The printing industry is one of the oldest mechanized trades in history. Printing has a 600-year history of developing standards for production, quality, deadlines and customer satisfaction. The objective of these standards is that customers in any location ordering any sort of printed material can expect the same standards of performance from their print shops. Ideally, the same standards apply to printing 500 business cards as 50,000 500-page multicolor annual reports. Knowing the standards is a good way to know what to expect when dealing with a printer or printing facility.
Production standards in the printing industry generally consist of applying the most capable and comprehensive printing device to achieve the highest level of quality at the most reasonable price. “Reasonable” does not necessarily mean “inexpensive.” The important thing is to strike a balance between quality and expense that will satisfy the customer.
A printer, for example should not try to sell a customer on a less-than-ideal option when the superior choice is unavailable for maintenance or because of a long-term printing job. A printer should not misrepresent comparative costs among printing options. A printer who follows industry standards makes the right choice for the customer.
Printing quality is measured by several standards. The most sought-after standard is image quality. The printing material must look good. Not only must the image be of superior quality, but the quality must be consistent throughout a run of 10, 100 or 10,000 copies. Color quality is also an industry standard determined by measurable parameters such as density, hue, contrast and matching pre-existing color samples. Even simple black-ink printing must meet image standards. Black should be black, not various shades of gray.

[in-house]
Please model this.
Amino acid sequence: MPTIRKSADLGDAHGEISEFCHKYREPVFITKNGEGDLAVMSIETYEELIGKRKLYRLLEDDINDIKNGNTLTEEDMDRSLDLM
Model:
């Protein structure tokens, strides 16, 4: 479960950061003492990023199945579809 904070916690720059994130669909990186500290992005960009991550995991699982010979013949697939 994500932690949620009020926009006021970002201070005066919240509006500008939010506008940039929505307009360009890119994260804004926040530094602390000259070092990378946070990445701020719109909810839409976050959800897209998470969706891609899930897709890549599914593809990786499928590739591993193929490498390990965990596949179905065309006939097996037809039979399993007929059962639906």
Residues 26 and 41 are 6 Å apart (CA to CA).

Most printing is produced on certain production and delivery schedules. A printing facility that is always late is not meeting industry standards. By the same token, a facility that’s always early meeting production deadlines may not be making the most productive and profitable use of available time and staff.
In the end, it’s all about what the customer will accept. Combining production, quality and deadline standards to produce a print order is the most comprehensive means of meeting customer expectations. If, however, the order fails to satisfy the customer, remedies ranging from reprints to discounts to negotiated costs for more work meet acceptable standards for customer satisfaction.
The federal Occupational Safety and Health Administration defines workplace safety standards for the printing industry. Adherence to OSHA standards is enforced through on-site inspections and voluntary compliance.
The printing industry uses standard terminology to maintain consistency from one print facility to another. Some examples are proof (typography layouts available for customer review and approval), registration (how colors line up consistently), millage (all inks, solvents and chemistry needed to operate various machines) and stock (all paper, cards and other substrates used on the press).